You're right that that Lagrangian isn't in general gauge invariant. In addition to making the $A^\mu$ terms gauge invariant, the $\mathcal{L}(J)$ term must also be gauge-invariant. And not just the equations of motion for $J_\mu$, either - the specific algebraic expression for $J_\mu$ in terms of fundamental fields must be such that if you literally plug ...


5

As an update on this old thread, the 2015 version of the Particle Data Group review on tests of conservation laws (the 2009 version of which was rightly pointed to by invisiblerhino) has an interesting update: The BABAR experiment has reported the first direct observation of $T$ violation in the $B$ system. The measured $T$-violating parameters in the ...


0

Before going into the details, let me describe pictorially how the Hamiltonian, the Symmetry group, and the Dynamical group look in a basis in which the Hamiltonian is diagonal. Hamiltonian $$ H = \begin{bmatrix} \begin{bmatrix} \lambda_1 \mathbf{1} \end{bmatrix} & & & \\ & \begin{bmatrix} \lambda_2 \mathbf{1} \end{...


1

The symmetry arises because of the boundary conditions, which are independent of $z$ and $r$. Let us place one conducting plate at $\theta=0$ with potential $\varphi=0$, and another at $\theta_0$ at potential $\varphi=V$. We now want to find $\varphi(r, \theta, z)$ in the gap. You are right that while $\varphi(z) = \varphi(-z)$ at arbitrary $(r,\theta,z)$, ...


0

Consider a planar crossection of the configuration. Let O be the origin at the intersection of the 2 planes. Suppose that there are electric field lines in the radial direction. This would imply that non zero work must be done to bring a charge q from infinity along the radial direction to O or in other words the potential at O (just above the plates ,not on ...


0

Dark matter is uncharged, it might be its own antiparticle. No relationship to matter and antimatter, where mainly its charge conjugation and parity. we don't know that dark matter has any antiparticle broken symmetry. And there is no known relationship between matter and dark matter, except they interact gravitationally and maybe through weak interactions....


0

No way, amount of dark matter is estimated to be 4 times the amount of normal matter. Even if we ignore all other arguments, it still does not restore the symmetry. Dark matter (if there is such a thing), is actually transparent matter (we can not see it) and cold matter (it does not absorb/emit any heat/radiation). That also means that you can not measure ...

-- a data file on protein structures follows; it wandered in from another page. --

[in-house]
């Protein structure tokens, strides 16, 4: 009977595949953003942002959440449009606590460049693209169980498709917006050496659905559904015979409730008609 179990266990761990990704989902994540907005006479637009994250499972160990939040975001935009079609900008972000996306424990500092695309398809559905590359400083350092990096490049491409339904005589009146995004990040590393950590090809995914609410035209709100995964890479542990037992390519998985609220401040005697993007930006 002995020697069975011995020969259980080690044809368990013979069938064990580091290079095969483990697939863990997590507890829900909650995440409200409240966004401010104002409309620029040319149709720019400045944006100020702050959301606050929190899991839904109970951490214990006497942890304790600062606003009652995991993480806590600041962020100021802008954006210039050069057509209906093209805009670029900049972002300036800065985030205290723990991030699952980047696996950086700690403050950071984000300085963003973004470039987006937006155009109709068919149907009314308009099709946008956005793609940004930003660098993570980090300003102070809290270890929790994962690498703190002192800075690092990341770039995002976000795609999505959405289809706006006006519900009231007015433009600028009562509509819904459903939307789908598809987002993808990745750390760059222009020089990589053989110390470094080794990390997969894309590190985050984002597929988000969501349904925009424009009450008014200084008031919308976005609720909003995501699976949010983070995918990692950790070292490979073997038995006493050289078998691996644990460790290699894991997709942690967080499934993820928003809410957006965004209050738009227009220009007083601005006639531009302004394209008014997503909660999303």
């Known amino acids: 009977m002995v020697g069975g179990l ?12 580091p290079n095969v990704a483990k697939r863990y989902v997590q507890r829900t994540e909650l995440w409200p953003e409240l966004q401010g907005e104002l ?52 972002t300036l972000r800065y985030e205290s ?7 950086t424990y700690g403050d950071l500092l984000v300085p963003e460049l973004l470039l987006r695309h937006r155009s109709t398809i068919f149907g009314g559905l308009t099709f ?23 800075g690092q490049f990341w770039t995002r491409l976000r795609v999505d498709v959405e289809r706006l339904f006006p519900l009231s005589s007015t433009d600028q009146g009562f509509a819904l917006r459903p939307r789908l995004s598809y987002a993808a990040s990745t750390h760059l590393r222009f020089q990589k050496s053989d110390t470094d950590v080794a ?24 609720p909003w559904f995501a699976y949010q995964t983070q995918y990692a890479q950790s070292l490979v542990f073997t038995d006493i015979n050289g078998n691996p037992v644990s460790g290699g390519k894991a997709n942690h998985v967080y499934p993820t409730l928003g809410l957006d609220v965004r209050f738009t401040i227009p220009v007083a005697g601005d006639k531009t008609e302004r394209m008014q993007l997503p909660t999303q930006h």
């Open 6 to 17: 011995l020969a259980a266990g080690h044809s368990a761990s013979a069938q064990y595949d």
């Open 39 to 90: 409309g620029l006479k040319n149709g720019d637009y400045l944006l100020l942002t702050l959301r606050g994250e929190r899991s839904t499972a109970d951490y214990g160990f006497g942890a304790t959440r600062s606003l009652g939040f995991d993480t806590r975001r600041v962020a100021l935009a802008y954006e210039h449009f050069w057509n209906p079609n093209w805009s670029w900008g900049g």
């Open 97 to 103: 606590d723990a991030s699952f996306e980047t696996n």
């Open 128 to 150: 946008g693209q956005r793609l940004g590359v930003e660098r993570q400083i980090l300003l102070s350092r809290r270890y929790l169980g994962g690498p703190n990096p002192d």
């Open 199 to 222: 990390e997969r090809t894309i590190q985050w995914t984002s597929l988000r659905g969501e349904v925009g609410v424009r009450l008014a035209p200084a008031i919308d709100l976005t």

4

No, we know enough of the "bulk properties" of antimatter to rule this out. Antimatter interacts with the electromagnetic field in exactly the same way as regular matter, just with the opposite charge. Therefore, antimatter should be detectable using most of the techniques we use to detect regular matter in astronomy. This works even if the antimatter is a ...


2

I think we can pretty safely say this is not the case. The main reason is that we have a pretty good idea of where dark matter is--to some degree, it can be reconstructed from the gravitational influence it has on surrounding matter. The dark matter appears to be distributed evenly throughout the galaxy. Thing is, a galaxy is pretty "dirty," as far as space ...


1

Like it was said before, there is no a priori reason why nature should treat everything symmetrically. Much to the contrary, we know several examples of P- and CP-violating processes. And in other cases we do not even know the reason why a process is "symmetric", when in principle it would be allowed to violate CP (see: the strong CP problem). I guess you ...


2

There's not reason to assume nature should treat everything symmetrically. There are many phenomena in nature that we actually know are asymmetric. For example the weak force violates parity symmetry (meaning the weak force has a preference for right or left handedness).